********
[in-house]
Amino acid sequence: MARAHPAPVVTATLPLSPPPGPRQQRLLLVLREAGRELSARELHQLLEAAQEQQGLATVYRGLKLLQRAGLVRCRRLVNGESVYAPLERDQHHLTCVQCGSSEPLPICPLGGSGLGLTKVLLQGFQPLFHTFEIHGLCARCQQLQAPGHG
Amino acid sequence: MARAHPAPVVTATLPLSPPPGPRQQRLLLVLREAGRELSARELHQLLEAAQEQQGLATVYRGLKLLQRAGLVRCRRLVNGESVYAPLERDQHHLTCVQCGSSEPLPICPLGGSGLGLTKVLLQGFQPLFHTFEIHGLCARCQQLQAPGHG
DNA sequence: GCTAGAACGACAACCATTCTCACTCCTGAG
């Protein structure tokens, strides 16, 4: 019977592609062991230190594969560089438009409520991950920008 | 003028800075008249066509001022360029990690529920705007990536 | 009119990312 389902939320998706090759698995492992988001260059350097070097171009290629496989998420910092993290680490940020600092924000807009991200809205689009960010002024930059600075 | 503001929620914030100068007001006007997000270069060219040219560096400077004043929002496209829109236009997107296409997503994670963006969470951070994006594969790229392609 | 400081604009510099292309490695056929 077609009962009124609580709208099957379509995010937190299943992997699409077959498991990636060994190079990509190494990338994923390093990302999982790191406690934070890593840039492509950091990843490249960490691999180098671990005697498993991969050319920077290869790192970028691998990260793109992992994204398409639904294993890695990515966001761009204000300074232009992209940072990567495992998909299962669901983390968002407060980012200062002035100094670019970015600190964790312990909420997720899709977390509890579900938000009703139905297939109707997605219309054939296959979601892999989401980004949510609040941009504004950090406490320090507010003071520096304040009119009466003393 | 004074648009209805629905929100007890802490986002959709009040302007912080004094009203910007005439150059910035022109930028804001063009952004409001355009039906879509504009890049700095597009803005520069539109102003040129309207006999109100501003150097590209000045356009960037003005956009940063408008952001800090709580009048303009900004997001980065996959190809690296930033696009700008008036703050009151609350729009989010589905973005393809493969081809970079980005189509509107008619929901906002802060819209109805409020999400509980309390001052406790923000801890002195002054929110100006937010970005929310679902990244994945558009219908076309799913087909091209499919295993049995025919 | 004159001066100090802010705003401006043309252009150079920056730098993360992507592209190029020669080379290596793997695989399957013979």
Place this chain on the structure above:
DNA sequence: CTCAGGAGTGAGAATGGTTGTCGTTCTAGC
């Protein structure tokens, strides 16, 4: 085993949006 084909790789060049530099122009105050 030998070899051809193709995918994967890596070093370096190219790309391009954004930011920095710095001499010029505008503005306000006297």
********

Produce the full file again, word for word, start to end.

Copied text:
[in-house]
Amino acid sequence: MARAHPAPVVTATLPLSPPPGPRQQRLLLVLREAGRELSARELHQLLEAAQEQQGLATVYRGLKLLQRAGLVRCRRLVNGESVYAPLERDQHHLTCVQCGSSEPLPICPLGGSGLGLTKVLLQGFQPLFHTFEIHGLCARCQQLQAPGHG
Amino acid sequence: MARAHPAPVVTATLPLSPPPGPRQQRLLLVLREAGRELSARELHQLLEAAQEQQGLATVYRGLKLLQRAGLVRCRRLVNGESVYAPLERDQHHLTCVQCGSSEPLPICPLGGSGLGLTKVLLQGFQPLFHTFEIHGLCARCQQLQAPGHG
DNA sequence: GCTAGAACGACAACCATTCTCACTCCTGAG
């Protein structure tokens, strides 16, 4: 019977592609062991230190594969560089438009409520991950920008 | 003028800075008249066509001022360029990690529920705007990536 | 009119990312 389902939320998706090759698995492992988001260059350097070097171009290629496989998420910092993290680490940020600092924000807009991200809205689009960010002024930059600075 | 503001929620914030100068007001006007997000270069060219040219560096400077004043929002496209829109236009997107296409997503994670963006969470951070994006594969790229392609 | 400081604009510099292309490695056929 077609009962009124609580709208099957379509995010937190299943992997699409077959498991990636060994190079990509190494990338994923390093990302999982790191406690934070890593840039492509950091990843490249960490691999180098671990005697498993991969050319920077290869790192970028691998990260793109992992994204398409639904294993890695990515966001761009204000300074232009992209940072990567495992998909299962669901983390968002407060980012200062002035100094670019970015600190964790312990909420997720899709977390509890579900938000009703139905297939109707997605219309054939296959979601892999989401980004949510609040941009504004950090406490320090507010003071520096304040009119009466003393 | 004074648009209805629905929100007890802490986002959709009040302007912080004094009203910007005439150059910035022109930028804001063009952004409001355009039906879509504009890049700095597009803005520069539109102003040129309207006999109100501003150097590209000045356009960037003005956009940063408008952001800090709580009048303009900004997001980065996959190809690296930033696009700008008036703050009151609350729009989010589905973005393809493969081809970079980005189509509107008619929901906002802060819209109805409020999400509980309390001052406790923000801890002195002054929110100006937010970005929310679902990244994945558009219908076309799913087909091209499919295993049995025919 | 004159001066100090802010705003401006043309252009150079920056730098993360992507592209190029020669080379290596793997695989399957013979």
Place this chain on the structure above:
DNA sequence: CTCAGGAGTGAGAATGGTTGTCGTTCTAGC
């Protein structure tokens, strides 16, 4: 085993949006 084909790789060049530099122009105050 030998070899051809193709995918994967890596070093370096190219790309391009954004930011920095710095001499010029505008503005306000006297």